In November 2012, Ferguson stated in a video with CNN that the U.S. has enough energy resources to move towards energy independence and could possibly enter a new economic golden age due to the related socio-economic growth—coming out of the post-world economic recession doldrums.

Ferguson was an attendee of the 2012 Bilderberg Group meeting, where he was a speaker on economic policy.

In 2012, Jonathan Portes, the director of the National Institute of Economic and Social Research, said that subsequent events had shown Ferguson to be wrong: "As we all know, since then both the US and UK have had deficits running at historically extremely high levels, and long-term interest rates at historic lows: as Krugman has repeatedly pointed out, the (IS-LM) textbook has been spot on."

Later in 2012, after Ferguson wrote a cover story for Newsweek arguing that Mitt Romney should be elected in the upcoming US presidential election, Krugman wrote that there were multiple errors and misrepresentations in the story, concluding "We're not talking about ideology or even economic analysis here – just a plain misrepresentation of the facts, with an august publication letting itself be used to misinform readers. The Times would require an abject correction if something like that slipped through. Will Newsweek?" Ferguson denied that he had misrepresented the facts in an online rebuttal. Matthew O'Brien countered that Ferguson was still distorting the meaning of the Congressional Budget Office report being discussed, and that the entire piece could be read as an effort to deceive.


In 2011, he set up Greenmantle LLC, an advisory business specializing in macroeconomics and geopolitics.

Published in 2011, Civilization: The West and the Rest examines what Ferguson calls the most "interesting question" of our day: "Why, beginning around 1500, did a few small polities on the western end of the Eurasian landmass come to dominate the rest of the world?" The Economist in a review wrote:

In November 2011 Pankaj Mishra reviewed Civilisation: The West and the Rest unfavourably in the London Review of Books. Ferguson demanded an apology and threatened to sue Mishra on charges of libel due to allegations of racism.

In February 2010, news media reported that Ferguson had separated from Douglas and started dating former Dutch MP Ayaan Hirsi Ali. Ferguson and Douglas divorced in 2011. Ferguson married Hirsi Ali on 10 September 2011 and Hirsi Ali gave birth to their son Thomas in December 2011. In an interview in April 2011, Ferguson complained about the media coverage of his relationship with Ali, stating: "No, I never read their shitty coverage of people's private lives. I don't care about the sex lives of celebrities, so I was a little unprepared for having my private life all over the country. So yeah, I was naive, yeah. Because you have to stoop to conquer," – but will never write for The Daily Mail again. "That's because I'm a vendetta person. Yes, absolutely. Implacable."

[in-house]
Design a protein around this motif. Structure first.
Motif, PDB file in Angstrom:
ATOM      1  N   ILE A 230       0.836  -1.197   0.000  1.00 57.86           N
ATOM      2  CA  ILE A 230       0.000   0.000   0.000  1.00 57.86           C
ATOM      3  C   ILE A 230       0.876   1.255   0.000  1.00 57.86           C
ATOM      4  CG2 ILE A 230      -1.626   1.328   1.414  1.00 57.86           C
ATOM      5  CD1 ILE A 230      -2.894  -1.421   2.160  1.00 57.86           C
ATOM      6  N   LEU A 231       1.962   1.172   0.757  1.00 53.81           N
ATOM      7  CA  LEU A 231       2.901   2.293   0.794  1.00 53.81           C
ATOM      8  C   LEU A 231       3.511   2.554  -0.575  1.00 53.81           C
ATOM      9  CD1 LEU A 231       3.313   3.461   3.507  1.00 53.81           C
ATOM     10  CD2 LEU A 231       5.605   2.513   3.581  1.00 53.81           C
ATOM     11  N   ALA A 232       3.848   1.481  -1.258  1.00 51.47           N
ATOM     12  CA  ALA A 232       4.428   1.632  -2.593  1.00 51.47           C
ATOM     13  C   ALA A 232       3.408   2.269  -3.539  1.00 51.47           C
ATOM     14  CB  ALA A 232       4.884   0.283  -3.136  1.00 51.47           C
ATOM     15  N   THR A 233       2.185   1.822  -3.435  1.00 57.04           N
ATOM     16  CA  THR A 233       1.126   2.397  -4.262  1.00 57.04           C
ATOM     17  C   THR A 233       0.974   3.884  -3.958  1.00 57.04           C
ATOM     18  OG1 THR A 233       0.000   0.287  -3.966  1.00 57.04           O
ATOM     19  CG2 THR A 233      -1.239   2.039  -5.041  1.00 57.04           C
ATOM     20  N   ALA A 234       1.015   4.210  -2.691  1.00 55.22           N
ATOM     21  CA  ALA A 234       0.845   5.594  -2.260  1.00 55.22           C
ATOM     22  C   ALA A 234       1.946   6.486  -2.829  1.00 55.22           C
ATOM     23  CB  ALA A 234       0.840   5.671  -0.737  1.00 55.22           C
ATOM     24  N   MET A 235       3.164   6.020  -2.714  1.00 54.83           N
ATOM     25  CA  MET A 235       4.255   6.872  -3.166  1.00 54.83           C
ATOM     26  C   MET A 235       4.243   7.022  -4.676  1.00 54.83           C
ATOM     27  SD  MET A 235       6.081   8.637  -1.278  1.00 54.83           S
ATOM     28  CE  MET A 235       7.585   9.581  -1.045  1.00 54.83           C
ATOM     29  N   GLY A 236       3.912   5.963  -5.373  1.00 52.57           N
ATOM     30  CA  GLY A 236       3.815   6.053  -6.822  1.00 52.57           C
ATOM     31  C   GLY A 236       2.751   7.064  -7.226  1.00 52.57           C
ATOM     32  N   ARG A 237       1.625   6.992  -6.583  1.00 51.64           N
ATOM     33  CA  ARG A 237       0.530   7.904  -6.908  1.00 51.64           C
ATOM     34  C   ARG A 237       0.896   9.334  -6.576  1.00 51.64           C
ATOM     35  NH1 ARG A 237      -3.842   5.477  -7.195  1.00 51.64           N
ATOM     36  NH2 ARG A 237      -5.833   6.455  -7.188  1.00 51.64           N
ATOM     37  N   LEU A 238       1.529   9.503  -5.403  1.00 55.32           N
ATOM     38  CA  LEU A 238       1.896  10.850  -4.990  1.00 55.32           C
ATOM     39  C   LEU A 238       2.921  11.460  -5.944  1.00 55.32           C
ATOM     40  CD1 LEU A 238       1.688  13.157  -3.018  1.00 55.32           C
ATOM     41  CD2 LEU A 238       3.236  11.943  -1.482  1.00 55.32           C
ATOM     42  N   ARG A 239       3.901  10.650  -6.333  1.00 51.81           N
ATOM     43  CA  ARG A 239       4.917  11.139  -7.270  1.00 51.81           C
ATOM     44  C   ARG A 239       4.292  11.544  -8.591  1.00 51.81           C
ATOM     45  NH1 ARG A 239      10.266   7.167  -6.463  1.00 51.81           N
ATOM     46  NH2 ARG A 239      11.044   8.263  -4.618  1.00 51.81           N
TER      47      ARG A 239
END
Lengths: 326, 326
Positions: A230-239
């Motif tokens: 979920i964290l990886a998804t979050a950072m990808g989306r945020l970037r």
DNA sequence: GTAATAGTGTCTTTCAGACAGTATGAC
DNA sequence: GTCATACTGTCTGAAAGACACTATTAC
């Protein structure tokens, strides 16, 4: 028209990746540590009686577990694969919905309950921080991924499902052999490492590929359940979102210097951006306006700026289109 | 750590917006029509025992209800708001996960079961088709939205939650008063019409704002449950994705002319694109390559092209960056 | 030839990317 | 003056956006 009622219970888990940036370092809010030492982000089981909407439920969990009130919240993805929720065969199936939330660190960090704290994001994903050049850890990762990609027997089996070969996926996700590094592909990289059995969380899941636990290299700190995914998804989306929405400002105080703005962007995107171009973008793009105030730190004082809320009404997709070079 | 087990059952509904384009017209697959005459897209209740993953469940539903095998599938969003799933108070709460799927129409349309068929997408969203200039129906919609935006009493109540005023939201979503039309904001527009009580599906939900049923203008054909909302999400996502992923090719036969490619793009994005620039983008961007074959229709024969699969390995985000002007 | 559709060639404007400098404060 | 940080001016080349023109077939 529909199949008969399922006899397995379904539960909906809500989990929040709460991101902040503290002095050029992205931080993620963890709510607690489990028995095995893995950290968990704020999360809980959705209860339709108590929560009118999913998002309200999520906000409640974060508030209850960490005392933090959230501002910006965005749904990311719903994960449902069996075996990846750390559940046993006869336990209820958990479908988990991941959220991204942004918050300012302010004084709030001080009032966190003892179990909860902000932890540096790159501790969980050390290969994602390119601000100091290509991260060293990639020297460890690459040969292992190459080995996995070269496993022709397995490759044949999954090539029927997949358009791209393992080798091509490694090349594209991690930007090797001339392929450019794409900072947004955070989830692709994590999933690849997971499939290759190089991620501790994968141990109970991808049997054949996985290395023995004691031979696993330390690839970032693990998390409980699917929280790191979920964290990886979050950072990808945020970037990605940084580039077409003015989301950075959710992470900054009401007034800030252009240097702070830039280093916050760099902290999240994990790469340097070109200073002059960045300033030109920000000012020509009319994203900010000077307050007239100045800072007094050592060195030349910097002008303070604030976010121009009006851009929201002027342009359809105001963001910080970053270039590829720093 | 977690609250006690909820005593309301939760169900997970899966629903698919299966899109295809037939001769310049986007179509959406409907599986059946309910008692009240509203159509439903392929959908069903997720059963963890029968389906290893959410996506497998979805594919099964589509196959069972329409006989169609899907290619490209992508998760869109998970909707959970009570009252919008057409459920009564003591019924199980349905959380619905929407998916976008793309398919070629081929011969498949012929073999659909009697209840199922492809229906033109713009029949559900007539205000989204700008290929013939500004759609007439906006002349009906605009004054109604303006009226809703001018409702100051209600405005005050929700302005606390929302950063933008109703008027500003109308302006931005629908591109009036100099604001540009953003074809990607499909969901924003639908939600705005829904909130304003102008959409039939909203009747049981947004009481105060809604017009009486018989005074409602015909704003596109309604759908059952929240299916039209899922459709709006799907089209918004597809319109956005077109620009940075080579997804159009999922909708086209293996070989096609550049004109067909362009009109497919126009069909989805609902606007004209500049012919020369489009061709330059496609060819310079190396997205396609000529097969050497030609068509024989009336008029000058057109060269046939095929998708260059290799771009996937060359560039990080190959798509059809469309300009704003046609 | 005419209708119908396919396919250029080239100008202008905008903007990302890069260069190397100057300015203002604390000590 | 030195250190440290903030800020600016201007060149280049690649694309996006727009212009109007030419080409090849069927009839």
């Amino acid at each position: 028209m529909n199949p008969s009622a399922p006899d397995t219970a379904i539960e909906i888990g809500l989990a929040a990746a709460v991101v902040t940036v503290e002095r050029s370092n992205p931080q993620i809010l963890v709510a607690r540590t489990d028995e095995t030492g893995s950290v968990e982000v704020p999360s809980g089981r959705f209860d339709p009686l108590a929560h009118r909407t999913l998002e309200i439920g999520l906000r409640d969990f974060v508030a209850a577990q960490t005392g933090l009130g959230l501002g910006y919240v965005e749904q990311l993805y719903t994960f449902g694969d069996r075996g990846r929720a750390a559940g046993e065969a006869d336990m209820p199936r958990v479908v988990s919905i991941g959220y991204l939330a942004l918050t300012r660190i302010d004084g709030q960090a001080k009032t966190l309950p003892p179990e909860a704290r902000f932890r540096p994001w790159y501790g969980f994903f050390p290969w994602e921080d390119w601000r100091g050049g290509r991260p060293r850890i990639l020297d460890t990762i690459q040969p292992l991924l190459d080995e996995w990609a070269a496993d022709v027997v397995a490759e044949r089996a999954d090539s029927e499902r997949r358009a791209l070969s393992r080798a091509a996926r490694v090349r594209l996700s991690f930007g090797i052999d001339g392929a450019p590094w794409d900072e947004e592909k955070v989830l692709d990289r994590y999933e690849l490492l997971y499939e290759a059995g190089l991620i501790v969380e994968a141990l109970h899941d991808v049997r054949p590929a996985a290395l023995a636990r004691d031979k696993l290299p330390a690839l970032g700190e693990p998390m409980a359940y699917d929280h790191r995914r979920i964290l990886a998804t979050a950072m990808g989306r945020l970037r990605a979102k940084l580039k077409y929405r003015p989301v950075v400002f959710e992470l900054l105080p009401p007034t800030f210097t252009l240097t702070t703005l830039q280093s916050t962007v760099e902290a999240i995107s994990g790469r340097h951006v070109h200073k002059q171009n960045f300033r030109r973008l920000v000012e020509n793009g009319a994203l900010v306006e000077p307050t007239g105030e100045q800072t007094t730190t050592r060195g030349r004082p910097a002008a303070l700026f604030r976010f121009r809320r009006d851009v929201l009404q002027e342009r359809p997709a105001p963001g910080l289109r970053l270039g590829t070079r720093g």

Ferguson has received honorary degrees from the University of Buckingham, Macquarie University (Australia) and Universidad Adolfo Ibáñez (Chile). In May 2010, Michael Gove, education secretary, asked Ferguson to advise on the development of a new history syllabus, to be entitled "history as a connected narrative", for schools in England and Wales. In June 2011, he joined other academics to set up the New College of the Humanities, a private college in London.


Ferguson has written and presented numerous television documentary series, including The Ascent of Money, which won an International Emmy award for Best Documentary in 2009. In 2004, he was named as one of TIME magazine's 100 most influential people in the world.

Ferguson's television series The Ascent of Money won the 2009 International Emmy award for Best Documentary. In 2011 his film company Chimerica Media released its first feature-length documentary, Kissinger, which won the New York Film Festival's prize for Best Documentary.

In May 2009, Ferguson became involved in a high-profile exchange of views with economist Paul Krugman arising out of a panel discussion hosted by PEN/New York Review on 30 April 2009, regarding the U.S. economy. Ferguson contended that the Obama administration's policies are simultaneously Keynesian and monetarist, in an "incoherent" mix, and specifically claimed that the government's issuance of a multitude of new bonds would cause an increase in interest rates.


Ferguson was an advisor to John McCain's US presidential campaign in 2008, supported Mitt Romney in 2012 and was a vocal critic of Barack Obama.